Moments after Los Angeles’ bid for the 2024 Olympic Games released its new flying angel logo – a new bid Website was launched featuring the new branding – and the city’s entire first stage bid book submission due into the International Olympic Committee (IOC) Wednesday. At the time of the launch, it was early Wednesday morning in Lausanne yet it is unknown whether the IOC gave the official go-ahead for the public release.
The 69-page document carried few surprises but revealed the U.S. city’s bold approach to securing the Summer Games in the United States for the first time this century. Pages were dedicated to outlining the city’s vast experience and success hosting the Games and other events as well as building and maintaining infrastructure and legacies.
LA 2024 claims it has lots to offer the Olympic Movement and details several benefits under the evocative heading “Reigniting the World’s Olympic Passion.”
LA has been credited with “saving the Olympic Games” in 1984 after the city was elected to host the event when no other nation came forward for the opportunity. Innovative sponsorship programs and sustainable, efficient planning made the Games viable after a decade of boycotts and blown budgets.
Once again, the Olympic movement has been suffering a decline, and the recent approval of the IOC’s Agenda 2020 reforms is hoped to be the catalyst for significant change.
Just as the Los Angeles 1984 Games helped transform Olympic and sponsorship marketing, we believe that LA 2024 will introduce transformative innovations through our region’s leadership in technology, innovation, marketing and promotion.
The Games concept includes four clusters, the Downtown cluster including the Memorial Coliseum, the Media Village at USC and eight different competition venues; the Valley cluster hosting four sports including kayak, canoeing and equestrian; the Coastal cluster with six sports, the Olympic Village and the Santa Monica district with beach volleyball and triathlon; and the South Bay cluster with four sports including cycling, football, rugby and tennis.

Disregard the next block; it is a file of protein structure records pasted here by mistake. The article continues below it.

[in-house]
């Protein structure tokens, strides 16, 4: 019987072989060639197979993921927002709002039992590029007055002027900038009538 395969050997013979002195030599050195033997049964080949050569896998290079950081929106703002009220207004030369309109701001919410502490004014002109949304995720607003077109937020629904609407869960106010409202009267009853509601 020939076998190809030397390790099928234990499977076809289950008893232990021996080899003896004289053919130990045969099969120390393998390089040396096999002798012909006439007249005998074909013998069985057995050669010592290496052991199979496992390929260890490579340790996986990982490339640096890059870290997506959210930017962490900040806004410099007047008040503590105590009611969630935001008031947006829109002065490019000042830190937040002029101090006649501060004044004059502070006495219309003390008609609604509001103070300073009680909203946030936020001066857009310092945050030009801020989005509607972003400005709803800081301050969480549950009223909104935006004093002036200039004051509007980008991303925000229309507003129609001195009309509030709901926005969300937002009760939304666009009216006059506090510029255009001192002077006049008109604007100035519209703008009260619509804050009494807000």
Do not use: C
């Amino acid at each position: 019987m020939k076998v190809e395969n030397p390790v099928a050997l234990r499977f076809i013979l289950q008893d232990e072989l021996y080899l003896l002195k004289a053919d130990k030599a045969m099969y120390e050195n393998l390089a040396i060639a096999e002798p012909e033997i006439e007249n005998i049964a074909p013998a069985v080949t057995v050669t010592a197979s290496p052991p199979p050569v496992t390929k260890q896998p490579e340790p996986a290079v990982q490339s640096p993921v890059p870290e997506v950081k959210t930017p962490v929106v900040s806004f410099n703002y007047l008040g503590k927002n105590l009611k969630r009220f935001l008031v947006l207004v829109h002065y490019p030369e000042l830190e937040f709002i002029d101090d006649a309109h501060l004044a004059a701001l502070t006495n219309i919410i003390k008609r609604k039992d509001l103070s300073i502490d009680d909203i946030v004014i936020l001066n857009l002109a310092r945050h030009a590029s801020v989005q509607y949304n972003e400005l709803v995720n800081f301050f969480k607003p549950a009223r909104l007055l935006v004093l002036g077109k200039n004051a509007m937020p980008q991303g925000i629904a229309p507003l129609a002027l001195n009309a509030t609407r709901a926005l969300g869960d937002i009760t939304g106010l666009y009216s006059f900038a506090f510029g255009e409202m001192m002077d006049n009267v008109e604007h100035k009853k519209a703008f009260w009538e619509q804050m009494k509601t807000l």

Bid organizers claim only one unplanned venue needs to be built to host canoe slalom.
The dates of the Games are planned from July 19 to August 4, 2024 and under the meteorology heading the phrase “Perfect Weather” is prevalent.
Under environmental concerns, the bid team boasts “refreshing air quality” and “clean and clear water” – a stark contrast to ongoing issues in the preparations for the upcoming Rio 2016 Games.
LA also sees many benefits for the city including sport legacies and a boost to infrastructure.
In the development of our Venue Concept and the Games Transport Plan, LA 2024 can be a catalyst to help the City accelerate public infrastructure projects already in progress.
Unlike the recent trend towards public opposition to Olympic bids around the world that have seen cities drop out of the running in spades, LA rejects this possibility as a concern.
A poll conducted by the bid in August 2015 indicated that 81 per cent of Angelenos support the city’s Olympic bid, so unlike opposition that derailed Boston’s efforts and Hamburg’s bid last year – and that is pushing for referendums in Budapest and Rome – LA seems safe.
…any future ordinance passed by the City Council to facilitate the Games could theoretically be reviewed by a referendum process; however, there is currently no public campaign, nominal or organized, to oppose LA’s efforts to bid for the 2024 Games.
The bid committee has budgeted from $40 to $55 million to operate its bid campaign up until the vote in September 2017. That runs just short of the $60 million proposed by Budapest and Paris – but LA says it is acting “prudently and responsibly” and that the funds that are required are already available from private sources.
LA 2024’s candidature is completely privately financed. Within three weeks of our launch in September 2015 we secured USD 35 million in cash commitments from private donors.
Bid books from LA, Budapest, Paris and Rome are expected to be received by the IOC in Lausanne electronically on Wednesday and then once approved they can be released to the public. Rome and Paris have scheduled formal ceremonies to coincide with the release of their plans Wednesday.